“Generally, the bridge projects are important to us for two reasons - access for school buses, and we’re the largest agricultural county in Virginia,” Mr. Paxton said. “There are a large number of poultry, dairy and beef cattle operations that need access to agriculture-related vehicles that need the big bridges.”
A spokeswoman for Rep. Tom Perriello, Virginia Democrat, whose district received $12 million of the $28 million of the bridge-replacement money distributed in Virginia, said the rural work is an appropriate use of the stimulus money.
“This is another example of how the Recovery Act is working efficiently,” said Jessica Barba, spokeswoman for Mr. Perriello. “Rural communities generally are the hardest hit in a budget crunch for these investments.”
Transportation funding accounted for the second-largest expenditure of Recovery Act funds as of March 2, according to a recent report from the Government Accountability Office. The report found that most states were focusing transportation funding on road and bridge repairs, rather than planning and design, because they were seeking projects that would have “employment impacts and could be implemented quickly.”
Nearly all the bridges are listed by VDOT as structurally deficient, meaning they are still safe to travel on but have “significant issues” that need attention. One is listed as functionally obsolete, which means the bridge was built to standards of the time but is now out of date.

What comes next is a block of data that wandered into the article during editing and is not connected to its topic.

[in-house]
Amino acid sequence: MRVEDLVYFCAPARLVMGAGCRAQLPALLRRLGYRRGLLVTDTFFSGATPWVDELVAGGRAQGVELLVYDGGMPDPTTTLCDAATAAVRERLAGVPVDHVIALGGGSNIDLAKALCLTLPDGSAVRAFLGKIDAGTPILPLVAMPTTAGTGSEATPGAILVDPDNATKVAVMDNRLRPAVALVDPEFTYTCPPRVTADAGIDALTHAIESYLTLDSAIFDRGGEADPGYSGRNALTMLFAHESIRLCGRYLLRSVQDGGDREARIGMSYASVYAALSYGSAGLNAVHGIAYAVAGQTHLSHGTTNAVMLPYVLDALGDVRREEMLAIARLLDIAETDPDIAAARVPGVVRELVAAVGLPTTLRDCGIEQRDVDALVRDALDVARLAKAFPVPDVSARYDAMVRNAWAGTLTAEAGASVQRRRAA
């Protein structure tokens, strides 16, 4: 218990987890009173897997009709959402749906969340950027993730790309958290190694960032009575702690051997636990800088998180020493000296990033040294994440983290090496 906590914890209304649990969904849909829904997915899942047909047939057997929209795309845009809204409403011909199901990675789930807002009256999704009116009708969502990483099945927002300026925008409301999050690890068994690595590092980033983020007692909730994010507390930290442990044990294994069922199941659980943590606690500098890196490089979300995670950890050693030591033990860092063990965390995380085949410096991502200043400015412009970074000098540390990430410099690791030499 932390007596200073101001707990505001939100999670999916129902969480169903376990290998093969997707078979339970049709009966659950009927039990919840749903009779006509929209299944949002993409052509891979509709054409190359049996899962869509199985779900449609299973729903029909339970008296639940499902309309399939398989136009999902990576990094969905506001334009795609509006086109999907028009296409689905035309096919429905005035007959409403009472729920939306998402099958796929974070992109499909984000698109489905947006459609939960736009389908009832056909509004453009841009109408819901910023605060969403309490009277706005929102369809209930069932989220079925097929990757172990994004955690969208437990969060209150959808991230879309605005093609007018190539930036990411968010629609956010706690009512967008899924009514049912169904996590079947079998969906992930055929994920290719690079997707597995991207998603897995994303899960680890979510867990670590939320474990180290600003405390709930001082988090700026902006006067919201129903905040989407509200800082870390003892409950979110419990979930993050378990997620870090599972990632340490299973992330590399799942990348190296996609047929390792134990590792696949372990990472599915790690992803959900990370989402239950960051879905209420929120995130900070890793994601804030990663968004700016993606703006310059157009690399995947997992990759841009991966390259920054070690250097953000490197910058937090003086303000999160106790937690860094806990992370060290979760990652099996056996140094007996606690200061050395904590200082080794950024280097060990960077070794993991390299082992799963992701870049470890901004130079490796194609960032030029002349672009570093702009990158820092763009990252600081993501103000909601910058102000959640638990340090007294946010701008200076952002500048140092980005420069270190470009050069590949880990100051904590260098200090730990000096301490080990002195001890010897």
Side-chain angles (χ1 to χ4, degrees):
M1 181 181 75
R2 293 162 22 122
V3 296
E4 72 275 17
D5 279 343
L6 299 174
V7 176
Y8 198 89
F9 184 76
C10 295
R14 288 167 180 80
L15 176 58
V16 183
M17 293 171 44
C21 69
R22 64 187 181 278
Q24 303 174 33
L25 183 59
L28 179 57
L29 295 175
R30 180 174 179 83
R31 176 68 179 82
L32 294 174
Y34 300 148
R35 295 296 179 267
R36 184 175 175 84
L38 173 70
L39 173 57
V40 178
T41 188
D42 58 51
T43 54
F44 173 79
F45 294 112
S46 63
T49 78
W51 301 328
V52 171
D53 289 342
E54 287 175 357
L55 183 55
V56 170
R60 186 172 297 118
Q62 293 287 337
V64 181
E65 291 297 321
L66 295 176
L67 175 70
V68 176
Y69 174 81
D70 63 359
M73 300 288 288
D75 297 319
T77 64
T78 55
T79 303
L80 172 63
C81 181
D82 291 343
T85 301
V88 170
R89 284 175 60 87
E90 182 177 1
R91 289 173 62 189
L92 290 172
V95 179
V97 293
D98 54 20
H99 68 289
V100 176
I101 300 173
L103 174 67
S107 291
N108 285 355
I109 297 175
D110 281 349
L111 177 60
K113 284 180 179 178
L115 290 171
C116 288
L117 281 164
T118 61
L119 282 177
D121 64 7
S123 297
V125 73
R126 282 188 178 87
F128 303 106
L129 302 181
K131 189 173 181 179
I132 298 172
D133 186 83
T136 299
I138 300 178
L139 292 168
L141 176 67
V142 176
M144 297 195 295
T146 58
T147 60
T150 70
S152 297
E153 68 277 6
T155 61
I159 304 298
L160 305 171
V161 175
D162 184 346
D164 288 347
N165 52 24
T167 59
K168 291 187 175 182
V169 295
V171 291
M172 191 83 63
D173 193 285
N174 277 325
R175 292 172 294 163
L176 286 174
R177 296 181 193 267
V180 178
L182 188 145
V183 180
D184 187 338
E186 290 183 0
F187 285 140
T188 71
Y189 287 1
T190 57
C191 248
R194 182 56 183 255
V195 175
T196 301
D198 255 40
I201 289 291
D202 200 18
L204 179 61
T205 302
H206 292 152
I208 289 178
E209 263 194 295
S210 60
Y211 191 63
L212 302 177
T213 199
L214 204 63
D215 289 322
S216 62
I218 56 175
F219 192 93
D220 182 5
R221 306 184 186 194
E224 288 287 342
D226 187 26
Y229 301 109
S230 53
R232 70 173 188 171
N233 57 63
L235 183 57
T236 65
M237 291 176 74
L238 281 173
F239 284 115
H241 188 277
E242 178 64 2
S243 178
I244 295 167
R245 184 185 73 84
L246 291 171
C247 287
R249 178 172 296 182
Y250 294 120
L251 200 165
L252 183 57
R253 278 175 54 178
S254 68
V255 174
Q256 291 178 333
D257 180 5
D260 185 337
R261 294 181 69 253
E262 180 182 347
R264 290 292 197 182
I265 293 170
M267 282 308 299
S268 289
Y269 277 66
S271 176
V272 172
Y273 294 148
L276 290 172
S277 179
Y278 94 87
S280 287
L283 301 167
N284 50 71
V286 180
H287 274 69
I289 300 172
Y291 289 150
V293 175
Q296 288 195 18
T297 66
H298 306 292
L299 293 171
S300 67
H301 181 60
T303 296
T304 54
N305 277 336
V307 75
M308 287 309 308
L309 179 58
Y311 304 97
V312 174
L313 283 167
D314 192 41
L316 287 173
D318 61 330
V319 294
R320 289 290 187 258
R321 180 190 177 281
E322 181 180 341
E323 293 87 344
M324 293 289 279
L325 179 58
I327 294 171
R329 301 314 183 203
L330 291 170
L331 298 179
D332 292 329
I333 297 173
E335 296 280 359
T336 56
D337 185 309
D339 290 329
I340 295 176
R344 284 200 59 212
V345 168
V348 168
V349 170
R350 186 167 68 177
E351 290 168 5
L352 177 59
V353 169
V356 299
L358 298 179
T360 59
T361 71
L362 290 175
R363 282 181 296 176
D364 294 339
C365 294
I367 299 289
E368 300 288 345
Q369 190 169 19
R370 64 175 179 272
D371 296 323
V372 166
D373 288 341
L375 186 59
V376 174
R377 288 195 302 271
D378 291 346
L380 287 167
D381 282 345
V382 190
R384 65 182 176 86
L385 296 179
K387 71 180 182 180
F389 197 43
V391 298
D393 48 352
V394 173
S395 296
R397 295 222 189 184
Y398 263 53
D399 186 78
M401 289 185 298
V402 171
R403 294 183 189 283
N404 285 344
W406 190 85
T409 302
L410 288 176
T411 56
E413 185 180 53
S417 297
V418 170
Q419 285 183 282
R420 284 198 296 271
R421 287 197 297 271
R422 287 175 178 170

Three more are not listed in either category.
The federal Recovery Act said eligible bridges had to be listed in one of the two categories, but allows for exceptions for preventive maintenance.
Mr. Caldwell said the three unlisted bridges are expected to land on the structurally deficient list at their next inspection.
Over the next two years, Virginia expects to receive a total of $695 million in highway and bridge funding, $4 million in rail modernization and $112 million in rural and urban transit capital grants.
The projects’ funding has been approved by VDOT but hasn’t been approved by the U.S. Department of Transportation yet. Contracts are expected to be awarded this summer.
In Cumberland County, the Rock Creek Road bridge leads to a gravel road with seven houses and even more cattle. Five cars passed over the 30-foot bridge during a two-hour period one recent afternoon.
Two residents of Rock Creek Road said they hadn’t realized the bridge was in disrepair and were not sure that was the best use of the estimated $340,000 repair cost.
“I didn’t know it was broken, but I’m happy they’re spending the money if it needs to be fixed,” said Ann Baxter, who lives in the house closest to what she called the “little” bridge. “But I’d rather have the road paved.”
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